(2) Bright brush. This brush has hairs that are 1 1/2 times
longer than their width and flat with sharp corners. You would use this
type of brush for lettering show cards, posters, and small signs.
(3) Flat brush. This brush has hairs 2 1/2 times longer than
their width, square corners, and a flat ferrule. The long hairs of this
brush allow for smoother application of the paint when making curves and
long strokes. This brush also holds more paint than a bright brush;
therefore, you can create more letters without resupplying the brush
(4) Quill brush. Illustrators consider a quill brush a
specialized, flat lettering brush for signs. It has extralong natural
animal hairs, not stiff synthetic hairs, that hold large quantities of
paint. Because of the length of the hairs, you normally use a maul
stick for support and control when using this brush.
(5) Using the selected brush. To apply lettering with a brush,
choose a brush with hairs equal to the size of the lettering (width of
the stroke). After filling the brush with paint, use a scrap piece to
work the tip of the brush into a chisel point that is the same size as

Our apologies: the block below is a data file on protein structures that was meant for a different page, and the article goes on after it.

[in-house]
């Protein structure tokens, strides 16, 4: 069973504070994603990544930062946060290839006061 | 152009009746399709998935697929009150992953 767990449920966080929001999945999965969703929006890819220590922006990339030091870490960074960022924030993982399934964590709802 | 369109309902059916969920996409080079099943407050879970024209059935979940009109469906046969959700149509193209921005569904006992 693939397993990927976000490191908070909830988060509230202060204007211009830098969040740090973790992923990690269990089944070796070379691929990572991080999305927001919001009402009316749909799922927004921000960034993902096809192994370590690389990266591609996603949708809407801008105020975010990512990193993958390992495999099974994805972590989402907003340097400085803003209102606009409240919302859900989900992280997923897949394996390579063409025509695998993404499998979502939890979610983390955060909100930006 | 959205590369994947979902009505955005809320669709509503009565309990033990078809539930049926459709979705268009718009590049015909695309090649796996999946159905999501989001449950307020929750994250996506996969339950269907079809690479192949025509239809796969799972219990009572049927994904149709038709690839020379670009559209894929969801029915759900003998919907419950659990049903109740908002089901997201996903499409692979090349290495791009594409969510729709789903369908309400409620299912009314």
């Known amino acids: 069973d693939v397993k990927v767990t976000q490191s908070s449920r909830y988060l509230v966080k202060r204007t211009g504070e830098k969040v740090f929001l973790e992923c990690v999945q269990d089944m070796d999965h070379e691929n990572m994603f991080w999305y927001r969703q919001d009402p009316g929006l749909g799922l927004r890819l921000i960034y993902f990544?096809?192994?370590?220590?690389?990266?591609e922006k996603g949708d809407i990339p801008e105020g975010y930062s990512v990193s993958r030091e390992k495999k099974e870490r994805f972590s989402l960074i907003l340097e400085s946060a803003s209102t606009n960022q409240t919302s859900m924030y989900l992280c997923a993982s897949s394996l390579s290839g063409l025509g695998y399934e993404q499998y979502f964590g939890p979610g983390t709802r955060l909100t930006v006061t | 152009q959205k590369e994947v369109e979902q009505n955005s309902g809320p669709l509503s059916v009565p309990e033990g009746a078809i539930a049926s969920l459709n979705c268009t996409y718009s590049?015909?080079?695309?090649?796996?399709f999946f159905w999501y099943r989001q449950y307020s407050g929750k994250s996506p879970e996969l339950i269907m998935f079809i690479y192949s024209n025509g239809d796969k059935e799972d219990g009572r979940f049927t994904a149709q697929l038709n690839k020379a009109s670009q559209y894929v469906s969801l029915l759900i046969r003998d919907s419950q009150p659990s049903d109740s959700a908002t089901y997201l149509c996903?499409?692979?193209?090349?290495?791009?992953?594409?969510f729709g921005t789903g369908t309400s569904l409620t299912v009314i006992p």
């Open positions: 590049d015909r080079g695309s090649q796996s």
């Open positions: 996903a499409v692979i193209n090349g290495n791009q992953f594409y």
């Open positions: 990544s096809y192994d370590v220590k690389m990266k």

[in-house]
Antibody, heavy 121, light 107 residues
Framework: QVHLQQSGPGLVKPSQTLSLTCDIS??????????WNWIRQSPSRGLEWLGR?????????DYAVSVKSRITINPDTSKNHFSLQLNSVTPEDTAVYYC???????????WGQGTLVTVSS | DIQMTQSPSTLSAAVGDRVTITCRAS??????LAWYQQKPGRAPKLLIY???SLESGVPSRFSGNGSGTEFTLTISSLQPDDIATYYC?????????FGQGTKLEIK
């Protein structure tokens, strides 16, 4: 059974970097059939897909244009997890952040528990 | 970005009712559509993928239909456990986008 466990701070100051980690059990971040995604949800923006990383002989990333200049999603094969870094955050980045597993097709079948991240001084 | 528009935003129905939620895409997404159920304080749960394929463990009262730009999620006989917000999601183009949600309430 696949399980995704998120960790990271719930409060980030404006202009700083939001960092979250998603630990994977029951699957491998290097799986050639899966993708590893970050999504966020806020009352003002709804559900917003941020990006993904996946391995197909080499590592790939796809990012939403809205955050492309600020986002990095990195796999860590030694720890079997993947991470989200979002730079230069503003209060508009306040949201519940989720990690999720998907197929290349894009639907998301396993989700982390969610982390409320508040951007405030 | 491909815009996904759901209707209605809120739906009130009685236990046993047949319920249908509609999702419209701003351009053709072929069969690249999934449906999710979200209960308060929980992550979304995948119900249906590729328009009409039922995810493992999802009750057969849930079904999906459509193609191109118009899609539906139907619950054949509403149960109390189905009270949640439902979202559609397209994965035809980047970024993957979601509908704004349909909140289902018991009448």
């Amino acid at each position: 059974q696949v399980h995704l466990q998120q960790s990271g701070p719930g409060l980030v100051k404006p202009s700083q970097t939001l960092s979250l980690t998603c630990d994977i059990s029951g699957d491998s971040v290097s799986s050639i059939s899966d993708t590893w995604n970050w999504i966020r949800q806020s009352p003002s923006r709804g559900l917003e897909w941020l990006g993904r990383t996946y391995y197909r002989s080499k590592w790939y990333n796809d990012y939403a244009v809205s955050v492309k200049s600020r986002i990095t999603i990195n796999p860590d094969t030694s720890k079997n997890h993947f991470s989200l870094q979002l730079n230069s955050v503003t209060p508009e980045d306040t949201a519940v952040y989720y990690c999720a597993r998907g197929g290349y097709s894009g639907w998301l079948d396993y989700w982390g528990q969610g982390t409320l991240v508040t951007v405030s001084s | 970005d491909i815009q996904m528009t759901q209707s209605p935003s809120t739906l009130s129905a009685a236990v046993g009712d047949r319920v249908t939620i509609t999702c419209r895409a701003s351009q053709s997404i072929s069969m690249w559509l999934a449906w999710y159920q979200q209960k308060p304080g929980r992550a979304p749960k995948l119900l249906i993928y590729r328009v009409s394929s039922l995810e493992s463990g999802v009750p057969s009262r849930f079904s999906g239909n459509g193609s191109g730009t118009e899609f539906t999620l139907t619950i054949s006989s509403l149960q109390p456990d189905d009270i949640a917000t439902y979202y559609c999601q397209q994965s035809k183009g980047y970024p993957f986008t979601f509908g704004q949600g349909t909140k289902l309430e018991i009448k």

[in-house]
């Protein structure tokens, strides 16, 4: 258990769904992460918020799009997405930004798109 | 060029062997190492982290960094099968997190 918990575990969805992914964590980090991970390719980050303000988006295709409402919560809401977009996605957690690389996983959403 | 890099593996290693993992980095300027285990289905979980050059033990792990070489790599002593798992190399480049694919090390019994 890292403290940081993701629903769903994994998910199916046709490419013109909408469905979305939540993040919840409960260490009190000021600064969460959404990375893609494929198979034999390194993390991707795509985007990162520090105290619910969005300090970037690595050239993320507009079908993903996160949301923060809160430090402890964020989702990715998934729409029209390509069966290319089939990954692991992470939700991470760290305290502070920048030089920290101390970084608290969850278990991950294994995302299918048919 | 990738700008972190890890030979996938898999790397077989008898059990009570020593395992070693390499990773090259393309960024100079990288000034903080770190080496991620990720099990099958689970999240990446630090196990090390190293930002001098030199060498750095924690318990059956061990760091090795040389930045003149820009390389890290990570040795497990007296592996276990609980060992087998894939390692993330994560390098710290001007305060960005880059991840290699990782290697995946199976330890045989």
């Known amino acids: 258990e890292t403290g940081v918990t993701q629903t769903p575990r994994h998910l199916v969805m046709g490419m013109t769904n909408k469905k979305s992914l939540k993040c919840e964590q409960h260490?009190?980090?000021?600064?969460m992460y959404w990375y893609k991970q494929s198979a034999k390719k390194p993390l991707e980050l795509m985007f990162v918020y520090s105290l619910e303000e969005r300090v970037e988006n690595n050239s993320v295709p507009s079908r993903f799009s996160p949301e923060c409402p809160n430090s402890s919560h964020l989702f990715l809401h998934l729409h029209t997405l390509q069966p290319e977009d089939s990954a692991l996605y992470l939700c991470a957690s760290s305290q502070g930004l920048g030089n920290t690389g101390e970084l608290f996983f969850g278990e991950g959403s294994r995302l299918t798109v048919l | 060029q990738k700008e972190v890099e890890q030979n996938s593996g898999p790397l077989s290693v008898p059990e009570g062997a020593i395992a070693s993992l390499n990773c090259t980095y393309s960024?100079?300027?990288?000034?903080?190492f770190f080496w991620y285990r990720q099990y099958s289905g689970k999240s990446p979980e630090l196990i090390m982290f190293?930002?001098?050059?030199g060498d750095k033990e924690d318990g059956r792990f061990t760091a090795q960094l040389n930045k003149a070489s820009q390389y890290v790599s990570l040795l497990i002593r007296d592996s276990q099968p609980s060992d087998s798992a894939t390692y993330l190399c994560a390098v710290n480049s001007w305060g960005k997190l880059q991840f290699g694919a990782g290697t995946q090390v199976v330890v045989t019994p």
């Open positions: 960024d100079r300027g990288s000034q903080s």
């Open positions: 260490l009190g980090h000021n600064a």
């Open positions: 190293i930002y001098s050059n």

the normal spread of the brush hairs. You then form each stroke of the
letter with the tip of the brush, maintaining equal pressure with each
stroke. Do not apply too much pressure to spread the hairs of the brush
past their normal width. Excessive pressure causes uneven strokes and
shortens the life of the brush.
(a) Brush grip choices. There are two different ways to grip
the brush for lettering: pencil and twofinger. The pencil grip is the
same grip used to hold a drawing pencil; use whichever grip you feel
most comfortable with. No matter which grip you use, you must position
the brush at a right angle (perpendicular) to the drawing surface so you
finish each stroke with a cleancut edge.
Most illustrators prefer the twofinger grip because it provides more
maneuverability of the brush on curved strokes. To use this grip, hold
the brush by its ferrule between your thumb and first finger. Keep the
brush at a right angle to the drawing surface, and rest your other two
fingers and the heel of your hand on the drawing surface. You make each
stroke with a coordinated arm, wrist, and finger action. For vertical
strokes, pull the brush toward you and make horizontal strokes from left
to right. To draw a curve of uniform width, you roll the brush with
your fingers in the direction of the stroke (figure 166).